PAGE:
If you type ‘rhino poaching’ into Google, you’ll find thousands and thousands of articles dedicated to spreading awareness about the illegal act of killing these animals for their horns.
According to the non-governmental organisation WWF, powdered horn is used in traditional Asian medicine as a supposed cure for a range of illnesses – from hangovers to fevers and even cancer. Rhino horn is also bought and consumed purely as a symbol of wealth.
The latest statistics released by The Department of Forestry, Fisheries & the Environment show that a total of 451 rhinos were poached in South Africa in 2021, 327 within government reserves and 124 on private property.
Even though this shows a 24 percent decrease in rhino poaching compared to the pre-COVID period in 2019, there has been an increase in poaching on private properties.
“In 2021, 209 rhino were poached for their horns in South African National Parks – all in the Kruger National Park. This was in fact a decrease in comparison to 2020 when 247 rhino were poached within the national parks. It is important to note that none of SANParks’ smaller rhino parks experienced any rhino losses from poaching in 2021, in comparison to the 2 rhino that were poached in 2020.
“The steady decline in rhino poaching in Kruger Park is related to an increase in the intensity of anti-poaching activities in the Kruger National Park. A close working relationship between the police’s endangered species unit, the SANParks environmental crimes inspectorate has resulted in increased arrests and convictions,” the statement reads.
Poaching syndicates are looking to other areas for easy prey and this has resulted in their targeting private reserves in Limpopo and Mpumalanga.
What is being done?
Conservation and anti-poaching efforts have intensified throughout the country as a joint effort is made by state-owned conservation areas, government and private landowners to reduce the poaching of rhino in South Africa.
“More targeted deployment of resources is being assisted by the roll out of a CSIR-developed situational awareness platform known as CMORE into the integrated wildlife zones.
“Through this single technology platform all role players are able to collaborate, making use of real-time insights and analytical capability, linking, for example, camera traps and ranger patrols while integrating a range of other systems,” the statement adds.
Information collected and communication flows through the Environmental Enforcement Fusion Centre (EEFC) which continues to support the teams at both a tactical level and strategic level. The analysis capabilities have also improved, resulting in the increased identification of those involved in rhino poaching and trafficking.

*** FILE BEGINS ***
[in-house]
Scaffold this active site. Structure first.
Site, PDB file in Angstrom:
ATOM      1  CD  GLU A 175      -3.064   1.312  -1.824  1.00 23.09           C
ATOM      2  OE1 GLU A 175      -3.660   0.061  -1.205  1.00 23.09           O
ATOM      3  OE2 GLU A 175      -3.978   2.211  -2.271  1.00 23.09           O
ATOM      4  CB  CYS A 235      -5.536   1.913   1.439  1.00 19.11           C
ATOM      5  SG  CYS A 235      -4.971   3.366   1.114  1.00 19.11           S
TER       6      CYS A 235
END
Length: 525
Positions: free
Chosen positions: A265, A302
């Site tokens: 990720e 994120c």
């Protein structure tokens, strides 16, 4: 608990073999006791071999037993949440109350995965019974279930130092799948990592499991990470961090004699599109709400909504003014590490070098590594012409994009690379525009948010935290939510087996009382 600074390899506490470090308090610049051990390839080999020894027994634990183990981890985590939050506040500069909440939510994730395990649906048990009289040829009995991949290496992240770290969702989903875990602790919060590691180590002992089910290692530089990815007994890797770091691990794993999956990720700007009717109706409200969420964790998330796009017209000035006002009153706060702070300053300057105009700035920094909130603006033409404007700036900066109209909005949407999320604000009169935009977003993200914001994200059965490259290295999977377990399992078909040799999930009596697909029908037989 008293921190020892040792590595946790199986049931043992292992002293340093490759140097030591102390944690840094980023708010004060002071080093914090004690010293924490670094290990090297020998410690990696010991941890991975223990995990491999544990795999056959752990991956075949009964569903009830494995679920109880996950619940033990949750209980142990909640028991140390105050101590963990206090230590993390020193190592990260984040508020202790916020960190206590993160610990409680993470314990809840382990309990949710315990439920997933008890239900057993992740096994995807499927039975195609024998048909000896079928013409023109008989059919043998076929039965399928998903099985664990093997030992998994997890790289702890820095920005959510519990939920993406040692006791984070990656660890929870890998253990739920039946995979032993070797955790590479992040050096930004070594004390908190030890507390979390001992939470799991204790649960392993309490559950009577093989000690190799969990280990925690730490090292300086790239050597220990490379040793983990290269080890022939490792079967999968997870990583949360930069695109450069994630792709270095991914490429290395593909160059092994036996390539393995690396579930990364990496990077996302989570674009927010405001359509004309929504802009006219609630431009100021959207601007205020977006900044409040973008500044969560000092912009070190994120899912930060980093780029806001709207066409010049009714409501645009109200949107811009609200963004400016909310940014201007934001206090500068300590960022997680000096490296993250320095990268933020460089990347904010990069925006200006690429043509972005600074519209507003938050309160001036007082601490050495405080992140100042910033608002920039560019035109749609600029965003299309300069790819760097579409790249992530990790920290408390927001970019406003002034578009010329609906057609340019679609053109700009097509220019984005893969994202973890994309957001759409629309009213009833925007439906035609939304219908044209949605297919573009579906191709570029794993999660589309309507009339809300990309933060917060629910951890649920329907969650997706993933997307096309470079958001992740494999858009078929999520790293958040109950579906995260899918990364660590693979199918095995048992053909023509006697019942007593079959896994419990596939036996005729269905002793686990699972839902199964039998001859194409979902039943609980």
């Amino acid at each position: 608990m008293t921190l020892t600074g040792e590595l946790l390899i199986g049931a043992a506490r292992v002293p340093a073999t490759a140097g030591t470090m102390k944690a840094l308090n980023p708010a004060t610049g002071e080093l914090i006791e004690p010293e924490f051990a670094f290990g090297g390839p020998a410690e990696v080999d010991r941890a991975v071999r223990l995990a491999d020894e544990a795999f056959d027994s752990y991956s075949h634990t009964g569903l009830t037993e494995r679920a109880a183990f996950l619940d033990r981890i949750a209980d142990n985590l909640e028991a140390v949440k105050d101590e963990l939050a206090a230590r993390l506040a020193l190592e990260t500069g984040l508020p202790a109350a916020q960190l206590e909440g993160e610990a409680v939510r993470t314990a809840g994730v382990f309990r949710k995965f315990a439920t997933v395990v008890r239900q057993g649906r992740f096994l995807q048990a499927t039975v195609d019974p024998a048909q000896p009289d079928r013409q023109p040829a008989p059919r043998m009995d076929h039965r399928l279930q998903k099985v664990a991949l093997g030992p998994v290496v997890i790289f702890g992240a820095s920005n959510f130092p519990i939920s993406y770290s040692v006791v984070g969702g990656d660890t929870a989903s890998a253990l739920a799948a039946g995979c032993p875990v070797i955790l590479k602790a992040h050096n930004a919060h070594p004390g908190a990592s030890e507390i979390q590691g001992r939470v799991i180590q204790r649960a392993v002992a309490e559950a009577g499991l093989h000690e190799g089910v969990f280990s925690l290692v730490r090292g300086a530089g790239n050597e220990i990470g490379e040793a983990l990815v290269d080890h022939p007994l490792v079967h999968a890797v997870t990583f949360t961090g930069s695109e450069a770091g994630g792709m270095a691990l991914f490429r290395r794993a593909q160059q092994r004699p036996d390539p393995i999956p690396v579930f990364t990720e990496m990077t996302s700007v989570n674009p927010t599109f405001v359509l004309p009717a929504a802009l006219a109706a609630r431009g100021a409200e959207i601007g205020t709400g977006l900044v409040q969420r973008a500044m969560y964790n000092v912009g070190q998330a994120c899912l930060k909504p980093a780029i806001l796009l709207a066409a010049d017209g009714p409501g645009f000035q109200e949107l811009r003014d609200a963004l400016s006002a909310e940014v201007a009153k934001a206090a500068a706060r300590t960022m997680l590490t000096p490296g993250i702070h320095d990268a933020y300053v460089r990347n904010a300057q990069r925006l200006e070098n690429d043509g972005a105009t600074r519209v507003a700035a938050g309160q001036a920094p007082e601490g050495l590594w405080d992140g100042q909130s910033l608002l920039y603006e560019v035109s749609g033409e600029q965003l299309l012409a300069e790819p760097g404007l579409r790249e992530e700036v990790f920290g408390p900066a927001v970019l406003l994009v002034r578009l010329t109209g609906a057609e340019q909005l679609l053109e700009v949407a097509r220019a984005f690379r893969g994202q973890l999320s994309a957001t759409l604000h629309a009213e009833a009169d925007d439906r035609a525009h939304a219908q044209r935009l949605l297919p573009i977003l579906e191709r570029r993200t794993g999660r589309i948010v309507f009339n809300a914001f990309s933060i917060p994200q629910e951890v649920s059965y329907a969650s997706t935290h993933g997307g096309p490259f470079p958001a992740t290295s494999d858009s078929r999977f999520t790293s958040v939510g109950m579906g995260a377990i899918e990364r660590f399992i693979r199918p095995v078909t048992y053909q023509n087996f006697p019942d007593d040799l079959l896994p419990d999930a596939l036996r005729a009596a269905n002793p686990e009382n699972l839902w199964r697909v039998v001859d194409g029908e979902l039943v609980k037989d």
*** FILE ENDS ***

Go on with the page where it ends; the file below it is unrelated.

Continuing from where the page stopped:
In addition, SANParks, provincial nature reserves and private rhino owners are dehorning rhino to deter poachers. SANParks is also investigating the feasibility of additional actions such as anti-poaching initiatives focused on apprehending poachers.
There were 189 arrests made in 2021 in connection with poaching activities: 77 within the Kruger National Park and 109 outside the Park. This compares with 156 people arrested countrywide in 2020. In the 38 verdicts handed down by the courts, 37 cases resulted in the conviction of 61 accused rhino poachers/traffickers.
There is also important work taking place between South Africa and countries implicated in wildlife crime such as:
- A Mutual Legal Assistance (MLA) process was successfully finalised between SA and Poland, after receipt of a request from Poland relating to rhino horn trophy hunting in South Africa;
- A controlled delivery between South Africa and Vietnam took place in July 2021, resulting from the work between the Hawks and the Vietnamese authorities on a consignment of rhino horns and suspected lion bones that was trafficked to Vietnam. The operation was successfully conducted and 138kg of rhino horns and an estimated 3 tons of suspected lion bones were seized at Da Nang Port in Vietnam.
Members of the public can report any suspicious activities around wildlife to its environmental crime hotline which is 0800 205 005 or the SAPS number 10111.